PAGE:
ST. PETERSBURG — City rules that require companies to make cable, high-speed Internet and wireless services accessible to all households will be scrubbed for good in coming weeks.
On Thursday, the St. Petersburg City Council will take a preliminary vote on deleting local regulatory rules, including one that prohibited companies like Verizon, Bright House Networks and Knology from catering exclusively to affluent neighborhoods while bypassing less wealthy areas.
"It's a grave mistake," said former City Council member Rene Flowers. "We need to provide access even for those communities that are economically stressed. Schools now have students doing homework on the Internet. If your neighborhood isn't afforded that service, then your neighborhood, and your child, will be left behind."
The council has no choice but to eliminate the rules because a 2007 state law no longer requires companies to get permission from cities and counties to use roads and other rights-of-way. Instead, the new law requires companies to register with the state.
Industry lobbyists and legislators said the change would foster competition and lower rates by reducing administrative costs associated with more oversight and reporting requirements.
The new law prohibits companies from excluding neighborhoods, but consumer advocates and some local officials worry the state won't have the resources to enforce it.
"For the state to regulate the companies, they'd have to oversee, what, hundreds of jurisdictions?" said City Council Vice Chair Herb Polson. "That's quite a chore."
The practice of skipping over less affluent neighborhoods — or "cherry picking" — has a legacy in St. Petersburg.
In 1988, the St. Petersburg Housing Authority sued Paragon Cable, alleging the company stole space on publicly owned poles by hanging its cables on them. At the same time, the suit charged, the company refused to serve the Jordan Park housing project, even though the poles were right next to it. The suit was settled in 1990 when the company agreed to provide service to the Jordan Park at a deep discount.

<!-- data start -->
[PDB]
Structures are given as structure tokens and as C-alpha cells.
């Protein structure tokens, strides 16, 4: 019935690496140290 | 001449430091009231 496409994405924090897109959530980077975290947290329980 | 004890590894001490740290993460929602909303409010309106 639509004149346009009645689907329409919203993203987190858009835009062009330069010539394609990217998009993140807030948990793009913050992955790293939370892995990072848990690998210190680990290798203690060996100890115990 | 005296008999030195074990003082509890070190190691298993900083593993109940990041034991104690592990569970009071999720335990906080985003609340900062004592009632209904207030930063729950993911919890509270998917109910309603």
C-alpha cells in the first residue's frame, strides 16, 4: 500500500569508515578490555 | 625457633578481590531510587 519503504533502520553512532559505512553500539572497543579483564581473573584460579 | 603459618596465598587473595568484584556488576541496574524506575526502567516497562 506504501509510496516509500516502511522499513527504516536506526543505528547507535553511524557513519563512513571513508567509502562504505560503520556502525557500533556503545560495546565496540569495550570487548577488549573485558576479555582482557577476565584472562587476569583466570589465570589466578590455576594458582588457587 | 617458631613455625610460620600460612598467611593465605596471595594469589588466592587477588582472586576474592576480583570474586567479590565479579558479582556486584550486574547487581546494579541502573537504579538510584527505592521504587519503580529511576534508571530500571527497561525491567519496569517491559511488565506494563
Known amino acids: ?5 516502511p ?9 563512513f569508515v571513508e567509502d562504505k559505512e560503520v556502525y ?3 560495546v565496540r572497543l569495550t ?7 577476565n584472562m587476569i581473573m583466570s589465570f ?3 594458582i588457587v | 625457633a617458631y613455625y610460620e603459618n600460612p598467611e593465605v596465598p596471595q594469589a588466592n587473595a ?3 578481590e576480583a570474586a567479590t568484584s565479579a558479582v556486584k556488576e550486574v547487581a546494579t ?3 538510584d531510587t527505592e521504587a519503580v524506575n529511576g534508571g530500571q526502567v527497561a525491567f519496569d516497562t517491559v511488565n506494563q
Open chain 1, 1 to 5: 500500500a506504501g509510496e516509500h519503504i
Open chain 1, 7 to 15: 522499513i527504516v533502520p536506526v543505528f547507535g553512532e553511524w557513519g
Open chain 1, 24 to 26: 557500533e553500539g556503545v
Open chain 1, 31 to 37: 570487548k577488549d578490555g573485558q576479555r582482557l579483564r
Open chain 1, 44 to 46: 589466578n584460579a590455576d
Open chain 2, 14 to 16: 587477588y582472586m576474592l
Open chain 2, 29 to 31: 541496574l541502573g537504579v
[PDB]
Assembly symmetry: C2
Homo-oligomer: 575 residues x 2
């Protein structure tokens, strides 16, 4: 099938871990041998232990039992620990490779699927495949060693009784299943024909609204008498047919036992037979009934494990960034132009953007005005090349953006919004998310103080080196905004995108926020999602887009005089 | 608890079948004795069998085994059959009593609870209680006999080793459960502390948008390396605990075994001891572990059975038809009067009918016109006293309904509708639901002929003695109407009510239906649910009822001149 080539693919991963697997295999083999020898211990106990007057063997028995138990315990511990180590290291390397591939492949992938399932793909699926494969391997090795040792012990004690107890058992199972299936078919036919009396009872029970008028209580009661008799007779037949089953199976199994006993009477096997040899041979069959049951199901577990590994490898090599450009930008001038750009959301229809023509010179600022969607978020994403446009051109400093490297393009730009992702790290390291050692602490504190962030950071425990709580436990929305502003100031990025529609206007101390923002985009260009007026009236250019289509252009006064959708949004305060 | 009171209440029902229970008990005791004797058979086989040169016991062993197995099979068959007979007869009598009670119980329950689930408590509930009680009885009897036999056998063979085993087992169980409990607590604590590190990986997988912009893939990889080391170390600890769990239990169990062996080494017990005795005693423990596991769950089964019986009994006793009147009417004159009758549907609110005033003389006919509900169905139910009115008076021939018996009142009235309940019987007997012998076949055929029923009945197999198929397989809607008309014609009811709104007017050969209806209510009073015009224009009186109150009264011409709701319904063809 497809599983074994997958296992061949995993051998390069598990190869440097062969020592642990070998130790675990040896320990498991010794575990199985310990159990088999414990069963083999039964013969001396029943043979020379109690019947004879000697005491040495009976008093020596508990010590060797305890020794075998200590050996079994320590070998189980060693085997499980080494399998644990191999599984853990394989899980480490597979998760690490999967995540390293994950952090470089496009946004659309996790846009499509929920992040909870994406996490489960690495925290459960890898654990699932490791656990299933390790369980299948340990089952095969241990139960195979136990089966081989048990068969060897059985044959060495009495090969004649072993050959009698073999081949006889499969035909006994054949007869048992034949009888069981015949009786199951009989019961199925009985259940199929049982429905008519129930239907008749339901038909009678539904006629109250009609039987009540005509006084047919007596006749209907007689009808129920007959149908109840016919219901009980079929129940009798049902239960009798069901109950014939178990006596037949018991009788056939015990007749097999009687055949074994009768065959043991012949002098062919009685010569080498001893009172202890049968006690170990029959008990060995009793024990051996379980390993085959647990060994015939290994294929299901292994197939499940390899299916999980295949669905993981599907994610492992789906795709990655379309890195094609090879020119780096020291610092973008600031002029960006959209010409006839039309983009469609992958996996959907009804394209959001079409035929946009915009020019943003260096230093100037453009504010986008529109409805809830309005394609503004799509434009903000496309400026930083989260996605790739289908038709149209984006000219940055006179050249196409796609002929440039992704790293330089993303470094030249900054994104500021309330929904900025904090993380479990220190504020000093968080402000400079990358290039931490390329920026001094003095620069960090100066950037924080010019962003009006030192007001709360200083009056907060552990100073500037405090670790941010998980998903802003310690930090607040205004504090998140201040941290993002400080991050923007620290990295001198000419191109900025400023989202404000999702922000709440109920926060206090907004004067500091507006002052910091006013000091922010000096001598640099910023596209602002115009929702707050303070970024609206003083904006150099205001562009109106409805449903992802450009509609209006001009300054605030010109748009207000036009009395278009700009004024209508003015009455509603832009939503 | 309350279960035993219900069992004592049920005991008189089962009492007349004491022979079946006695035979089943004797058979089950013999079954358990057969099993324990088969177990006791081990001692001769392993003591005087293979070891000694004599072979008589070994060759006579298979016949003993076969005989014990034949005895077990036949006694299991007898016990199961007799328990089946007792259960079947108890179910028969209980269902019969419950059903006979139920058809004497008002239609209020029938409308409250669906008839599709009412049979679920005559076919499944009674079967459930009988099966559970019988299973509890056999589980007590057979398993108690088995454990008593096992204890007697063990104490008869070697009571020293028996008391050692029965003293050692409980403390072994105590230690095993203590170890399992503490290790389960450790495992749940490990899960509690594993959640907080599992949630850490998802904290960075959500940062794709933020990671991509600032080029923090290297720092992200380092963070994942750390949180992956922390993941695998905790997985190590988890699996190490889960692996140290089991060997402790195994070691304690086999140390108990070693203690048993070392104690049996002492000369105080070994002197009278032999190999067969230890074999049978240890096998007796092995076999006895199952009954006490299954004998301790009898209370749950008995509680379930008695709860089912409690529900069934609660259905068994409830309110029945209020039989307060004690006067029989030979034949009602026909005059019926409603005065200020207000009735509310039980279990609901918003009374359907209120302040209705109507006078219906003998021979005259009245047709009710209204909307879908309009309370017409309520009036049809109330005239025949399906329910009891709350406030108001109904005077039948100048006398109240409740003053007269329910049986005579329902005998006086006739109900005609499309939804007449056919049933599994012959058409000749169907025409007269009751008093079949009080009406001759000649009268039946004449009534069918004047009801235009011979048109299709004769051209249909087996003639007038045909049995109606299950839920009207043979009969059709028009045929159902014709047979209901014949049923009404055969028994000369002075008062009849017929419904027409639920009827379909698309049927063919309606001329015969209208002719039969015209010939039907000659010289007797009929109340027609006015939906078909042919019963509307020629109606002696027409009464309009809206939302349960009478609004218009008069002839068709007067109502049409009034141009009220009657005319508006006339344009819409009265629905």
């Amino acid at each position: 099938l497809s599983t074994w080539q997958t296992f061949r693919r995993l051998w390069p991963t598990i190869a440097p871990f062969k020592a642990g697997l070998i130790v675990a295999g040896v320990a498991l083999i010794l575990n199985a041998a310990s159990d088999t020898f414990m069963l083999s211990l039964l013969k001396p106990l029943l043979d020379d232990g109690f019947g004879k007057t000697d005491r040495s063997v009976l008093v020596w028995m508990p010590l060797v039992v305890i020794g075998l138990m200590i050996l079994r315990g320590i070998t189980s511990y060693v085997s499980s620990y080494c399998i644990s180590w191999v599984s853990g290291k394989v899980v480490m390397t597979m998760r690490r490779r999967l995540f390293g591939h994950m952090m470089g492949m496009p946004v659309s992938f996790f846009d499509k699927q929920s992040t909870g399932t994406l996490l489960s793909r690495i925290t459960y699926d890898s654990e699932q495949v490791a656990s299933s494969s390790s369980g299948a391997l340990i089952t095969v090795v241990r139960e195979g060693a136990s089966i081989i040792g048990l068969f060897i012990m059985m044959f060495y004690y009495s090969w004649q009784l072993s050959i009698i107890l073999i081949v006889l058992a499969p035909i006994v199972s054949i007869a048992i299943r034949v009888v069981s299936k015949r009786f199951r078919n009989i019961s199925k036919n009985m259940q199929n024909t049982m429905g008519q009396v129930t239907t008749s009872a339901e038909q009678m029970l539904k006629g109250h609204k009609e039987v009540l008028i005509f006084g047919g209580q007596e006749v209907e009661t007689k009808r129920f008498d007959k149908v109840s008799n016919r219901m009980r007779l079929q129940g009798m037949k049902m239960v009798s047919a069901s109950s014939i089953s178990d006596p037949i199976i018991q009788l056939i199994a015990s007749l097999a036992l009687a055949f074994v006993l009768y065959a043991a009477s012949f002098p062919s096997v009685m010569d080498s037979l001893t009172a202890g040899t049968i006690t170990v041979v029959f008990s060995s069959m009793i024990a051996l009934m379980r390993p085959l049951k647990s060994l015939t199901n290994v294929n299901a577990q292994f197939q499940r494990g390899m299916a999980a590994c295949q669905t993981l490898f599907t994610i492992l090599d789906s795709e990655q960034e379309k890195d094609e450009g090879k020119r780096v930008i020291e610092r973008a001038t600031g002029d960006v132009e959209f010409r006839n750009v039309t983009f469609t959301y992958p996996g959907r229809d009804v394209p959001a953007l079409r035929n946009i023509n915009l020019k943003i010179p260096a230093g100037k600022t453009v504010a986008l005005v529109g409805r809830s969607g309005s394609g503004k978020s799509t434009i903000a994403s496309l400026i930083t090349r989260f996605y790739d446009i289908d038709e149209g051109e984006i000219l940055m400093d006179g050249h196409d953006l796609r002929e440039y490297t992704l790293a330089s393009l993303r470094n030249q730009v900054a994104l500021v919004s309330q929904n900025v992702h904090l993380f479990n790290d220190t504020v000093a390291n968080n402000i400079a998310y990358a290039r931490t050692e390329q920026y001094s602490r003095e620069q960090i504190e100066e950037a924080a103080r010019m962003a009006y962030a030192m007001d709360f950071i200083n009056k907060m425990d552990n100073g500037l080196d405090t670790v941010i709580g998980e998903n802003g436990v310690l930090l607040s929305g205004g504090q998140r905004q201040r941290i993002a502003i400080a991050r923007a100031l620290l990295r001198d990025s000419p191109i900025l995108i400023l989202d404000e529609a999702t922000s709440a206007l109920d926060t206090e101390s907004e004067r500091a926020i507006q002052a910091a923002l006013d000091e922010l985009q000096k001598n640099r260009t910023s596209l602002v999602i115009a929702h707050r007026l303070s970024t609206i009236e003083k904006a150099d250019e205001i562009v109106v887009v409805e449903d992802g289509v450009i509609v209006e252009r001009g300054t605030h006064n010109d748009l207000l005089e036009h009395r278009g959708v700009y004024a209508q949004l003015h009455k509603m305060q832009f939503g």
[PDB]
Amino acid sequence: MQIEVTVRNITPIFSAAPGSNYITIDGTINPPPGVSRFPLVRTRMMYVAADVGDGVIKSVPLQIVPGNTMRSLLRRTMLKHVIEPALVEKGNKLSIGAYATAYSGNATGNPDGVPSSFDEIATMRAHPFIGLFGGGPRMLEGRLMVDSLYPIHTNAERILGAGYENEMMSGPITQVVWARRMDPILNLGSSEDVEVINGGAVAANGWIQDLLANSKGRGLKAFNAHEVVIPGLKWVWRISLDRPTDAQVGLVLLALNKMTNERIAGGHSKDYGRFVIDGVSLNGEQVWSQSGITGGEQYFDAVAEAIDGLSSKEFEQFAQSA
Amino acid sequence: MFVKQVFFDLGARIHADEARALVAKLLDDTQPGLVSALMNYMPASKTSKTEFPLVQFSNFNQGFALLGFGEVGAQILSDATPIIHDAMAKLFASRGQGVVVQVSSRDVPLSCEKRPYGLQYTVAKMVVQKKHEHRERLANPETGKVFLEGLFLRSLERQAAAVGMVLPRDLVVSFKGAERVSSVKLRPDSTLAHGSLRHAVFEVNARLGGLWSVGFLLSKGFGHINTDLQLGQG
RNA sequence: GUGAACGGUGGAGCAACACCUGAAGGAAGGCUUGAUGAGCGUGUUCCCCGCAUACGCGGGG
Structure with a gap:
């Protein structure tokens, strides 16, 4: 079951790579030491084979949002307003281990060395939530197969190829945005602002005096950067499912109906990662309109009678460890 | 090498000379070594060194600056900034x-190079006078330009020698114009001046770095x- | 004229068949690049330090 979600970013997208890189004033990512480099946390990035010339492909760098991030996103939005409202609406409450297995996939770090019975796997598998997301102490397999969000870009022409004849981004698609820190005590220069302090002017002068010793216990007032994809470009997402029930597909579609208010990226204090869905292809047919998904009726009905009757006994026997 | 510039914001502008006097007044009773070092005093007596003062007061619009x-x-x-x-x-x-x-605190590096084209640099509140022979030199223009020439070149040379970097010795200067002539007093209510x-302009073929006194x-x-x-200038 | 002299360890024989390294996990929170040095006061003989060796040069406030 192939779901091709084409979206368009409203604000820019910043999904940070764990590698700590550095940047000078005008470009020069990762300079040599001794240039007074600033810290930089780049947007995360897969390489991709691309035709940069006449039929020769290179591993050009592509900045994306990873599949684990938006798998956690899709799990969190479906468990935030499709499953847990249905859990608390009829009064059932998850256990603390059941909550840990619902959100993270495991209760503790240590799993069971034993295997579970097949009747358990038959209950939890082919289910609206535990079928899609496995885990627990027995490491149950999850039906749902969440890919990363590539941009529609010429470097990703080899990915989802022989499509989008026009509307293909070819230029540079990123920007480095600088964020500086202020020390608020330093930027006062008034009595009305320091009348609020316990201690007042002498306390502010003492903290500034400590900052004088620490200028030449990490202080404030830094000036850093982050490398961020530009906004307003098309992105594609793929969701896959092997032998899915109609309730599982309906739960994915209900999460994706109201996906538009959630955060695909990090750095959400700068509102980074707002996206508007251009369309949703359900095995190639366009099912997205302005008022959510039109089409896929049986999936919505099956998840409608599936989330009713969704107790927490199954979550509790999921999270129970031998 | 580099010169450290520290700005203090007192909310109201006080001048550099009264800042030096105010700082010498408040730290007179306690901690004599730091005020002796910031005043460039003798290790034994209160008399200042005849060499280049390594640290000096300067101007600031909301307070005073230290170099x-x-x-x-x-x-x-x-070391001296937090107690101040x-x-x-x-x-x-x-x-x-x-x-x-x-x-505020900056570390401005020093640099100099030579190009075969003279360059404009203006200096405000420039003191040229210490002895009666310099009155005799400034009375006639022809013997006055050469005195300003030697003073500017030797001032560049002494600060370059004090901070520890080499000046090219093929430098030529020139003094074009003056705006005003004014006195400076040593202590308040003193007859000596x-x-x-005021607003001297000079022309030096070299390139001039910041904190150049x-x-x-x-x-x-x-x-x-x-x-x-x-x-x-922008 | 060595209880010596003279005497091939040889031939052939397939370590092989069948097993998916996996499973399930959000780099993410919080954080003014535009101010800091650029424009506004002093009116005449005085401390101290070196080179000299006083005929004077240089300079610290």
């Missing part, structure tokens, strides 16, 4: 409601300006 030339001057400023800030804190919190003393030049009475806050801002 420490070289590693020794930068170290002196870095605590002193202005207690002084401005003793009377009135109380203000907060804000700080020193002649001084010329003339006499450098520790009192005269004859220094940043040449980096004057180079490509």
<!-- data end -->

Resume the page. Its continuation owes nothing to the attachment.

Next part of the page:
After that lawsuit, Polson said the city outlined in cable franchise agreements where and when companies would extend service, making sure areas like Midtown wouldn't be built last. That won't be possible anymore.
"What's to stop them (from cherry picking)?" Polson said. "Nothing. There's not a whole lot we can do."
At first glance, rules prohibiting cherry picking wouldn't seem to matter now. Most, if not all, city households have some type of access to cable.
"We're already built out," said Tony Palermo, spokesman for Knology. "So I'm not sure it's an issue."
"We serve the entire area," said Joe Durkin, spokesman for Bright House. "It doesn't affect us in that sense."
Both companies have registered with the state and are now exempt from local regulation.
Meanwhile, Verizon FiOS is still making inroads. Five years ago Verizon debuted its FiOS system, the first major U.S. carrier to bring fiber optic cable to homes. The fiber optic cable streams more data than regular cable, so it carries a package of services, including broadband and wireless Internet, television, and telephone communications. Since 2007, its been operating under state rules and today serves 1.1 million in Hillsborough, Manatee, Pasco, Pinellas, Polk and Sarasota counties, said Verizon Communications spokesman Harry Mitchell.
"These aren't 'new rules,' " Mitchell said in a statement. "We've been operating under the state franchise, with its non-discrimination provisions, since 2007. We've made FiOS service available to a diverse range of customers."
Some neighborhoods, such as Shore Acres, have had FiOS lines in their neighborhoods for three years, but still have no service.
Asked about the delay, Mitchell said more sales need to be made to homes "before we make any large-scale decisions on additional network deployment." He said the company plans on offering FiOS to more city residents in the coming weeks.
Just to subscribe to FiOS, customers must sign contracts and pay deposits, which might be out of reach for some households, said Bill Newton, executive director of Florida Consumer Action Network.
"These can be barriers," Newton said.
Verizon started offering bundled services with no contract in May, said Mitchell.
"Making FiOS available to a customer is a significant technology investment that we cover up front, and a security deposit is common practice to help protect that investment," he said.
And while St. Petersburg has a competitive cable market that keeps rates low, that may not always be the case Newton said.
"It's not a problem now," he said. "But there should be something that will protect us from a monopoly."
Michael Van Sickler can be reached at (727) 893-8037 or email@example.com.